by: Rachel Stockman Updated:MORROW, Ga. —
Two Clayton County businessmen are facing federal charges for allegedly filing millions of dollars in fake tax returns, targeting thousands of potential victims.
IRS agents believe the two took advantage of a tax credit meant for college students, known as the American Opportunity Tax Credit.
The refund can be claimed for expenses paid for tuition and certain materials for higher education.
Forty percent of the credit (up to $1,000) is refundable, meaning the taxpayer can obtain a refund even if that taxpayer owed no tax during that particular season.
According to an affidavit filed in United States District Court, Clayton County businessmen Kevin Sonnier and Bernardo David are accused of filing 15,000 fake tax returns in order to obtain $15 million in fraudulent tax money.
Sonnier is the owner of Sonnier Tax Services, a tax preparation company based in Morrow.
Even though the company's owner is facing federal charges, when Channel 2 Action news checked the Sonnier Tax Service website on Monday, it was still up and running. There is even a form that students can fill out to give their personal information.
When Channel 2's Rachel Stockman visited the address for the business on Lake Harbin Road, the company appeared to be cleared out and no one was around.
An attorney for Sonnier said that because of the ongoing federal proceedings, he has no comment at this time.
"You basically get these calls and people will walk up to you say, 'Have you had your taxes done?' or hand you a card or something like that," said Fior Brooks, a student at Clayton State University in Morrow.
The college is located very close to the tax service company, although Brooks said he was not aware of the alleged scheme.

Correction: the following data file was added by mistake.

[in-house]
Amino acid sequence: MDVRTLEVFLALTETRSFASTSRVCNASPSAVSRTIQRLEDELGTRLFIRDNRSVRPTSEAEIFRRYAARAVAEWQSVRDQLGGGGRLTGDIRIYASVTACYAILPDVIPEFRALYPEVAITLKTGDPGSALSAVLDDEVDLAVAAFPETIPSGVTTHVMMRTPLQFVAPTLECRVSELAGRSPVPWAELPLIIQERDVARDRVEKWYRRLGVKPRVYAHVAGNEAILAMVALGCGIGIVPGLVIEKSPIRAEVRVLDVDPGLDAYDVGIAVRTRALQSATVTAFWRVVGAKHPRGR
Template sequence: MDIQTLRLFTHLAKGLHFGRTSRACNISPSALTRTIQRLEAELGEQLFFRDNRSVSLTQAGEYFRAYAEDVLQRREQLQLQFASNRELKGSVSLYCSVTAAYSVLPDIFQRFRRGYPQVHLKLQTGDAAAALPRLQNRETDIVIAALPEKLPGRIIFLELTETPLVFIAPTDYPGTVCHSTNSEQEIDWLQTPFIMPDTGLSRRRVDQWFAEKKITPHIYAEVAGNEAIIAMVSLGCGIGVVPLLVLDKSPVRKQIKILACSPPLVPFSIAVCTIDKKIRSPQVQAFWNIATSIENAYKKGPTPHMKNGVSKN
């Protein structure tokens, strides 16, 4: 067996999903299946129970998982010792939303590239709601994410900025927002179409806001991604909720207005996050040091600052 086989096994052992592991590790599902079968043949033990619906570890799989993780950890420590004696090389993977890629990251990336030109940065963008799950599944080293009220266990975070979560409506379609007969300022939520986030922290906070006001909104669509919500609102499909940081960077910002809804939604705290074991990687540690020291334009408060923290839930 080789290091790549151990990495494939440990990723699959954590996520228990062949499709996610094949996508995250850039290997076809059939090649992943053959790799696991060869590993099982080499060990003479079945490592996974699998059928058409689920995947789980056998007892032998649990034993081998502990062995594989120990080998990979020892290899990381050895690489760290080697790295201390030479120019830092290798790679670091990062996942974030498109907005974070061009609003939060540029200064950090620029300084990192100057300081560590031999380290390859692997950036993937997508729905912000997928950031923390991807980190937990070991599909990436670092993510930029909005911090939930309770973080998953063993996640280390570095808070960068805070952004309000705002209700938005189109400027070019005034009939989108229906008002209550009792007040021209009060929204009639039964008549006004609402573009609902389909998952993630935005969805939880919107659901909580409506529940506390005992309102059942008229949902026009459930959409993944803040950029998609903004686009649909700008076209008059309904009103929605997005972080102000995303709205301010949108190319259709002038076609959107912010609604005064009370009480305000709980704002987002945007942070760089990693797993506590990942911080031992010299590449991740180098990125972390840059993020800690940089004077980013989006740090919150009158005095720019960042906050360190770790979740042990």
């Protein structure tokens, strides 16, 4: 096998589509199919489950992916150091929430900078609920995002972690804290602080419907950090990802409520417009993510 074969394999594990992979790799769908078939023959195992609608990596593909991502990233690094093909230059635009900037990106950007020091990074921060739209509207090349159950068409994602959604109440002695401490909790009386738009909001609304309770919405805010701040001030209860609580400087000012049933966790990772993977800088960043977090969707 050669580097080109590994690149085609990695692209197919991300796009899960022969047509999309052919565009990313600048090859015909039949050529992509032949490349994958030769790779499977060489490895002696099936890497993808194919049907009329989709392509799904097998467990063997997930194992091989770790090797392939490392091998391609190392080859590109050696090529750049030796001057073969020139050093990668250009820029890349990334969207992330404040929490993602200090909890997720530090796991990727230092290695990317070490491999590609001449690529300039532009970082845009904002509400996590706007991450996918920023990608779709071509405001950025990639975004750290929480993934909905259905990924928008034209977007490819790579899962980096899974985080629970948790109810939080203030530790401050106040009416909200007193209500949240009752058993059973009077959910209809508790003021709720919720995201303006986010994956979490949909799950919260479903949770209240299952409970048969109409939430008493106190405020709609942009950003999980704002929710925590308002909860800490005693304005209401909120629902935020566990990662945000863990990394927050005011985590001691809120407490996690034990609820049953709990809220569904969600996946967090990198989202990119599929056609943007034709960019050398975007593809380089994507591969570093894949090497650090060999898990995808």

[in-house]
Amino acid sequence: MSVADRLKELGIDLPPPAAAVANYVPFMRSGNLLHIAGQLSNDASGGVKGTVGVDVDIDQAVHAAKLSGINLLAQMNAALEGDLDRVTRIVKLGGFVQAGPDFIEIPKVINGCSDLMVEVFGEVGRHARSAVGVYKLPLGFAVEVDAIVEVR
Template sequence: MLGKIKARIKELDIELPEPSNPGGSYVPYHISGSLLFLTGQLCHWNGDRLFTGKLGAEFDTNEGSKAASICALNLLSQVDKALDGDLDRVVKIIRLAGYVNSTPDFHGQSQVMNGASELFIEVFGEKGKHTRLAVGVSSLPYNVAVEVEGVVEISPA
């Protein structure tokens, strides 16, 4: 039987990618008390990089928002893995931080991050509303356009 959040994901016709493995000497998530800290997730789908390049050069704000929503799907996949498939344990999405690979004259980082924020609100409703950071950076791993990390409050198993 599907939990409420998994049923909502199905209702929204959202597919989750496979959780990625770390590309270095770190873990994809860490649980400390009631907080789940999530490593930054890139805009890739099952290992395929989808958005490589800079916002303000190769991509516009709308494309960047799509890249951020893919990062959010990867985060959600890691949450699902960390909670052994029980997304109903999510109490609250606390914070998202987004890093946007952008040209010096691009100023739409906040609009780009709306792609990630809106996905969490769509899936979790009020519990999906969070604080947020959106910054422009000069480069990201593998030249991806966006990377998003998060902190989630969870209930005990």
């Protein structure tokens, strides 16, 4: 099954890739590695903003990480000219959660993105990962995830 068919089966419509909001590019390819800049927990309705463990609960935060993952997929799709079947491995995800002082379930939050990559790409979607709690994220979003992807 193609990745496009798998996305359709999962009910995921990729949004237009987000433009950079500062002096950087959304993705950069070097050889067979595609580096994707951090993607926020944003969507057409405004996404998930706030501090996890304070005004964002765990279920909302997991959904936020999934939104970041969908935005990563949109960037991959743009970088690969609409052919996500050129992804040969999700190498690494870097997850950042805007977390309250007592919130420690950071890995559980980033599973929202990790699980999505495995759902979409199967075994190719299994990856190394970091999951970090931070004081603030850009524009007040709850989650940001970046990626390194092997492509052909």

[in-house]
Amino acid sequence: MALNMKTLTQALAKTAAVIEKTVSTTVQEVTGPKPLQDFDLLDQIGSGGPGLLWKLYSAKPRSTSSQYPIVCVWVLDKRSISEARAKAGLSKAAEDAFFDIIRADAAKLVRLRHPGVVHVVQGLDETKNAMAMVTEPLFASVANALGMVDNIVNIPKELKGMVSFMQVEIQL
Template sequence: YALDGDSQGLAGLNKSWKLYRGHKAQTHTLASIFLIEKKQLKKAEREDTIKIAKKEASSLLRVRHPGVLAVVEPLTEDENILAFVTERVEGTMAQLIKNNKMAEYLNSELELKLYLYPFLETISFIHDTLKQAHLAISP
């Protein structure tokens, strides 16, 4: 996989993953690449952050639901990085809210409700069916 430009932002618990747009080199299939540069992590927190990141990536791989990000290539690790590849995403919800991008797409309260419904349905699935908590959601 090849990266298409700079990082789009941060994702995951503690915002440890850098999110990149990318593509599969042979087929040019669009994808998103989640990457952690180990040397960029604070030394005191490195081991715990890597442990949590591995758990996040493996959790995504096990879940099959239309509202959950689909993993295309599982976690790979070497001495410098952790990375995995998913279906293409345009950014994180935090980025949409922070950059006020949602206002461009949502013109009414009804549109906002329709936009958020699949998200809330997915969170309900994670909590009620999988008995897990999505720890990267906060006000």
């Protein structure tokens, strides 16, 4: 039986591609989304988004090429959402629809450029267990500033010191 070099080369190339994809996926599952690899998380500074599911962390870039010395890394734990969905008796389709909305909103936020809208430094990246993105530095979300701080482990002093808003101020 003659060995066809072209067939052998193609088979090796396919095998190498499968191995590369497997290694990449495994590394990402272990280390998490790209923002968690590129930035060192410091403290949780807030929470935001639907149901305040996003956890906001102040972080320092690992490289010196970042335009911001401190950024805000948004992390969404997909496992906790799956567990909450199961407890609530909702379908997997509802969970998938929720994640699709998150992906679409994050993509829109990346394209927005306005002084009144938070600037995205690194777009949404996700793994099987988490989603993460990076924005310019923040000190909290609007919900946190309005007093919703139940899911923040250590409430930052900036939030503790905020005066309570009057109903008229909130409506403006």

"There is a lot of deductions on your tax return in which there is no independent verification, unless you get audited, and this is one of them," explained John Kozak, who is a certified public accountant in Clayton County.
He also teaches a tax course at Clayton State University.
Since 2011, according Kozak, the IRS has required a little more information from taxpayers wanting the particular credit.
"Prior to 2011, you had to fill out a form, put the student's name and claim an amount," said Kozak. The issue appears to be widespread.
"Misleading and bogus refund claims have been identified on college campuses through the Southeast Region," according to a recent press release by the IRS.
According to the IRS, taxpayers should be aware of the following:
• Handmade flyers and brochures implying credits or refunds are available without proof of eligibility of income.
• Unfamiliar for-profit tax services selling refund and credit schemes to the membership of local churches.
• Internet solicitations that directs individuals to toll-free numbers and then solicit
Social Security numbers
• Offers of free money with no documentation required
• Unsolicited offers to prepare a return and split the refund.